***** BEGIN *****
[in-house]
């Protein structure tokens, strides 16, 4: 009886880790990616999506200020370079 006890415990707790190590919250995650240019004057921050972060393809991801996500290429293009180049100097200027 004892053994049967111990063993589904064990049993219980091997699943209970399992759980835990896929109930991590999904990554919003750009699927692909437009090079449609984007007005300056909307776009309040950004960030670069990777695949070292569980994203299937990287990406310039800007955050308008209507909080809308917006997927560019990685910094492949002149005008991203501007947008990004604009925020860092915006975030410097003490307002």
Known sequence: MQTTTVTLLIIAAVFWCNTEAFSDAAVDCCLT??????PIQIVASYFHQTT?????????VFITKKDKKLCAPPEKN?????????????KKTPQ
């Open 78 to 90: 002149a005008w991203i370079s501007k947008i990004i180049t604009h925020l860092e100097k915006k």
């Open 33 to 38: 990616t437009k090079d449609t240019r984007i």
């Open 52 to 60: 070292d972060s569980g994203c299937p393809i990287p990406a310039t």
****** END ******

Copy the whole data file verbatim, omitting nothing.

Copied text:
[in-house]
């Protein structure tokens, strides 16, 4: 009886880790990616999506200020370079 006890415990707790190590919250995650240019004057921050972060393809991801996500290429293009180049100097200027 004892053994049967111990063993589904064990049993219980091997699943209970399992759980835990896929109930991590999904990554919003750009699927692909437009090079449609984007007005300056909307776009309040950004960030670069990777695949070292569980994203299937990287990406310039800007955050308008209507909080809308917006997927560019990685910094492949002149005008991203501007947008990004604009925020860092915006975030410097003490307002």
Known sequence: MQTTTVTLLIIAAVFWCNTEAFSDAAVDCCLT??????PIQIVASYFHQTT?????????VFITKKDKKLCAPPEKN?????????????KKTPQ
């Open 78 to 90: 002149a005008w991203i370079s501007k947008i990004i180049t604009h925020l860092e100097k915006k």
């Open 33 to 38: 990616t437009k090079d449609t240019r984007i």
């Open 52 to 60: 070292d972060s569980g994203c299937p393809i990287p990406a310039t």